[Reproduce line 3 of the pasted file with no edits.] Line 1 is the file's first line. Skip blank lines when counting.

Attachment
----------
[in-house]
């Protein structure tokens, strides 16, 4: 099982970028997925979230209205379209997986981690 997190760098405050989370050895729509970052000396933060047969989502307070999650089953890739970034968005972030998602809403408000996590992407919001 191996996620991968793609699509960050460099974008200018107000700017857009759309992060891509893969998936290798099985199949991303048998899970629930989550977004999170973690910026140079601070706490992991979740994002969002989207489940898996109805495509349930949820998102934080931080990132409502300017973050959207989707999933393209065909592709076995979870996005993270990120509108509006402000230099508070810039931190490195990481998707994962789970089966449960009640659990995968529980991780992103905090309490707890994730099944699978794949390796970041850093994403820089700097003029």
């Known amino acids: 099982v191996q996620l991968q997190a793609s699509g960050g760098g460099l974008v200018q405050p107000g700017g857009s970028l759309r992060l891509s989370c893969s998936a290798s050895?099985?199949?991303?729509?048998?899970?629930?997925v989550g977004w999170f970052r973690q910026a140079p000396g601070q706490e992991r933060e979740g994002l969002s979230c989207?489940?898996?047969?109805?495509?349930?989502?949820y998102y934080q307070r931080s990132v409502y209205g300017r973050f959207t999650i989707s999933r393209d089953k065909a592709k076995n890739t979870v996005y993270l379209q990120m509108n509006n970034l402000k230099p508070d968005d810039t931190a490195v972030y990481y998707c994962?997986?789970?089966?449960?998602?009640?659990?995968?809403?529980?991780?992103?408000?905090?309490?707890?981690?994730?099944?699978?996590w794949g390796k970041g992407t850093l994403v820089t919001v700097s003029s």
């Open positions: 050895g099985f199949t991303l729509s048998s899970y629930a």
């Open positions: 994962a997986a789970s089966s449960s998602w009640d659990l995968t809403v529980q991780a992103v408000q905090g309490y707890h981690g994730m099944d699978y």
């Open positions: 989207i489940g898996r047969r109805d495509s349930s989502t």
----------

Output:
């Known amino acids: 099982v191996q996620l991968q997190a793609s699509g960050g760098g460099l974008v200018q405050p107000g700017g857009s970028l759309r992060l891509s989370c893969s998936a290798s050895?099985?199949?991303?729509?048998?899970?629930?997925v989550g977004w999170f970052r973690q910026a140079p000396g601070q706490e992991r933060e979740g994002l969002s979230c989207?489940?898996?047969?109805?495509?349930?989502?949820y998102y934080q307070r931080s990132v409502y209205g300017r973050f959207t999650i989707s999933r393209d089953k065909a592709k076995n890739t979870v996005y993270l379209q990120m509108n509006n970034l402000k230099p508070d968005d810039t931190a490195v972030y990481y998707c994962?997986?789970?089966?449960?998602?009640?659990?995968?809403?529980?991780?992103?408000?905090?309490?707890?981690?994730?099944?699978?996590w794949g390796k970041g992407t850093l994403v820089t919001v700097s003029s």